Even if you have a dive watch that is equipped with a helium valve and screw down crown with a depth rating of 1,000m/3,300ft water resistance, it’s a good idea to take it off your wrist when taking a shower. Sure, it’s nice to think that your watch is getting cleaned at the same time as your body, but this shortcut may not be worth it in the long run.
If a watch can go under water then why can’t I shower with it?
The main reason we advise against showering with your watch on is because the shower environment is different than diving underwater. The two issues with the shower are sudden temperature changes and soap.
Depth ratings on watches are for water resistance when submerged under water, specifically when swimming or diving. Watches are designed for colder water than hot. Depending on your preference, showers tend to be warm or hot – creating sudden temp changes from room temperature to hot and steamy, back to room temperature and possibly cold if you step outside of the bathroom on a chilly day. This can cause unwanted expanding and contracting on components of the watch. This potential distortion to the rubber seals and gaskets can turn into a problem, especially when met with the next issue: Suds and bubbles that change the water.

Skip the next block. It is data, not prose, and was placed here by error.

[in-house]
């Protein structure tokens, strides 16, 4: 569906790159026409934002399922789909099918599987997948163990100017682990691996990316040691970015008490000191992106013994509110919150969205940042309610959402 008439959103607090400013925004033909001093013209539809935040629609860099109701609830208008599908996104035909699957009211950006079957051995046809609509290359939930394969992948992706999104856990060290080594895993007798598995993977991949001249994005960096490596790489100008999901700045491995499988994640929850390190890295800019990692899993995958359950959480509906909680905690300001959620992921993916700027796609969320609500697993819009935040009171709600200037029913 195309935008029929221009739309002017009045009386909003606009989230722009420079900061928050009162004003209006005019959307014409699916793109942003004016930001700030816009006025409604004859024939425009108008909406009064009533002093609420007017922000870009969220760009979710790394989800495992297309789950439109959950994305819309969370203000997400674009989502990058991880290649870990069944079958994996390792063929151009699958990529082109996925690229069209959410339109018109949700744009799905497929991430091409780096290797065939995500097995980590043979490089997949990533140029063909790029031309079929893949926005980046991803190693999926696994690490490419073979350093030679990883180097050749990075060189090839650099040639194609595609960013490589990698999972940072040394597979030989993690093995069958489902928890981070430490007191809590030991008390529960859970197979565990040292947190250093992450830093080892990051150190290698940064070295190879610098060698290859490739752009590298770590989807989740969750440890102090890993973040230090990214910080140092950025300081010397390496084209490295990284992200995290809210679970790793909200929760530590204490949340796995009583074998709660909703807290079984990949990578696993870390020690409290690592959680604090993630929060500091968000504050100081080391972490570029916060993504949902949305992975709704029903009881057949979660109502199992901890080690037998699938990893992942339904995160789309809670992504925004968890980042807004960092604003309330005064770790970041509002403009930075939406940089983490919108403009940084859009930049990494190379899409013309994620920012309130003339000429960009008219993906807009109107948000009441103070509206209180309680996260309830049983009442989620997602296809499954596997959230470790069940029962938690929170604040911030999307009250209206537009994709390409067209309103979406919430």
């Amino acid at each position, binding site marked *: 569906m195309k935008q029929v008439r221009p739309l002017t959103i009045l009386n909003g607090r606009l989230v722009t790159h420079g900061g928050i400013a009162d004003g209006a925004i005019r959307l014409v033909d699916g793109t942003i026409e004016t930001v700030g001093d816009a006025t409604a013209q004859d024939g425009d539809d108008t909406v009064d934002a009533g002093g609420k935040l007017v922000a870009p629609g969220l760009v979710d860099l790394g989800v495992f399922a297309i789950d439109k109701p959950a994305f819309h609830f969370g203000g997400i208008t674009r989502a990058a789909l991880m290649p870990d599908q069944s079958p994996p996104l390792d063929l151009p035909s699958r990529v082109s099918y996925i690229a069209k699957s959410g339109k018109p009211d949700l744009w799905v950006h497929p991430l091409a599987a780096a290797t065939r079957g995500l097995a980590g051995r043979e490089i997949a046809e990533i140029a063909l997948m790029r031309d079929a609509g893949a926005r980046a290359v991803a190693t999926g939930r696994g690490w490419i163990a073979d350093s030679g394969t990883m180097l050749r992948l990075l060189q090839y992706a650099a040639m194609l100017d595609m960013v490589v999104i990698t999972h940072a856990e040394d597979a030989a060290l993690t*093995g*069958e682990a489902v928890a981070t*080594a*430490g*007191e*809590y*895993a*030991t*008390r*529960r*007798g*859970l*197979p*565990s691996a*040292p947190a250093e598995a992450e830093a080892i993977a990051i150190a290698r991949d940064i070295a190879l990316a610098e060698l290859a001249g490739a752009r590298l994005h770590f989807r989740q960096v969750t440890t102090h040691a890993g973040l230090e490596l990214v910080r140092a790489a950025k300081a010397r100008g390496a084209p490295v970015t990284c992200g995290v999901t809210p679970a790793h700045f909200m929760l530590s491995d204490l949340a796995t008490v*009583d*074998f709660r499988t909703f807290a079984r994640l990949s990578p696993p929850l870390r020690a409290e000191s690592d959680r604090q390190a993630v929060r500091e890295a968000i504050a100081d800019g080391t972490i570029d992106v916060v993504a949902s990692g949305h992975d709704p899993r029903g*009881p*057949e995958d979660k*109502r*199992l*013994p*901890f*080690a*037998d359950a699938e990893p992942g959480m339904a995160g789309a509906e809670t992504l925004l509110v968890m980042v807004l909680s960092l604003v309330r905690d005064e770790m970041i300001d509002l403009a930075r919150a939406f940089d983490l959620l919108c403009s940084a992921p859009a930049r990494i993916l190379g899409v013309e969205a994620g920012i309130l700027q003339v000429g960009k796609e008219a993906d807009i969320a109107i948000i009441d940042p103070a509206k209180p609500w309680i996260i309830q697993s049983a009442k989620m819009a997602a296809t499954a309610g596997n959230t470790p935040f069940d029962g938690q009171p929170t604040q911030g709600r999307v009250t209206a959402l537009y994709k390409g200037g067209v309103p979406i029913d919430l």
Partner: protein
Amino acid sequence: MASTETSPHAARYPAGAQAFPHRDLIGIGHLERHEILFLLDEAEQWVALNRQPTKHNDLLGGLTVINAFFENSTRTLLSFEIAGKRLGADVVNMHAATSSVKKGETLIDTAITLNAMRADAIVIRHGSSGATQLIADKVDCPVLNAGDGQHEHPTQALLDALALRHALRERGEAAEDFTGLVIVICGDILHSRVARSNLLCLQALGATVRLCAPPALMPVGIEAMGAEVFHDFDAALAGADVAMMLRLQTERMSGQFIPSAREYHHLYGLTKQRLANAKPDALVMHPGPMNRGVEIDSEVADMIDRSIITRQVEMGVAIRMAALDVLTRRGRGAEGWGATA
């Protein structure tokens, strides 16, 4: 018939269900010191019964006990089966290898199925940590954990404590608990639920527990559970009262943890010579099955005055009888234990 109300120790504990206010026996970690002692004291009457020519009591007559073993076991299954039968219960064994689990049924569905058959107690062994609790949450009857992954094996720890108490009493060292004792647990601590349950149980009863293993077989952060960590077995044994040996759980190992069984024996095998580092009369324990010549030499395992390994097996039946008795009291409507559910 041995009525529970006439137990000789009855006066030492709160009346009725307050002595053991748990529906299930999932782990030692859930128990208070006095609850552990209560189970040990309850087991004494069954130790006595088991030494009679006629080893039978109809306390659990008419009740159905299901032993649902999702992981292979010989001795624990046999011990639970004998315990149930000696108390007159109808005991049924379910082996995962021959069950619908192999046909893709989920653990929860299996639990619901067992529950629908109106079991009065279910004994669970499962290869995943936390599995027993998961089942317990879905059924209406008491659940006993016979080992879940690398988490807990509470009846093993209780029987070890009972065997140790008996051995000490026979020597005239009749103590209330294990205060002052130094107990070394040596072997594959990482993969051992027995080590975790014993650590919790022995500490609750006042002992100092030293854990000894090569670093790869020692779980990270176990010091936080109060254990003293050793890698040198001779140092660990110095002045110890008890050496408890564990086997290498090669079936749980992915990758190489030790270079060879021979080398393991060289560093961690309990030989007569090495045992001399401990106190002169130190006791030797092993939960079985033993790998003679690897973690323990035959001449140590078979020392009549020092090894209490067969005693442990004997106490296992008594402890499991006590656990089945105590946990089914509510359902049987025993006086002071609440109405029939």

Although we’re told soap and shampoo is good for our skin, the truth is that many of these products contain chemicals that are not good for parts of your watch. What makes a watch water resistant is not the thick stainless steel case and sapphire crystal, but rather the rubber gaskets, oils and glues that hold it all together. Soaps can adversely affect the integrity of these parts, which in turn could allow water to get through the seals and leak into your watch. Not to mention soap scum building up in the nooks and crannies of your timepiece!
I have been wearing my watch in the shower for years and it’s fine.
That is great! But it doesn’t mean that it isn’t slowing deteriorating parts of your watch that may need replaced sooner than expected. It’s one thing to plan for a scheduled routine maintenance, it’s another to have to send your watch in for a water damaged movement.
What about the hot tub, sauna or steam room?
It is also advisable to avoid wearing your watch in these places due to the temperature changes (and possibly the chemicals in the hot tub).
It’s a conspiracy!
You or someone you know may disagree with the advice on this page entirely, and perhaps your watch will continue to function properly after years of never taking it off in the shower, but why take the chance? If the watch is expensive, difficult to replace, or has sentimental significance, we highly recommend that you remove the timepiece and place it in a safe spot before jumping into a hot, steamy and soapy shower – you’re already taking your clothes off and it only takes 3 more seconds to do the same with your watch.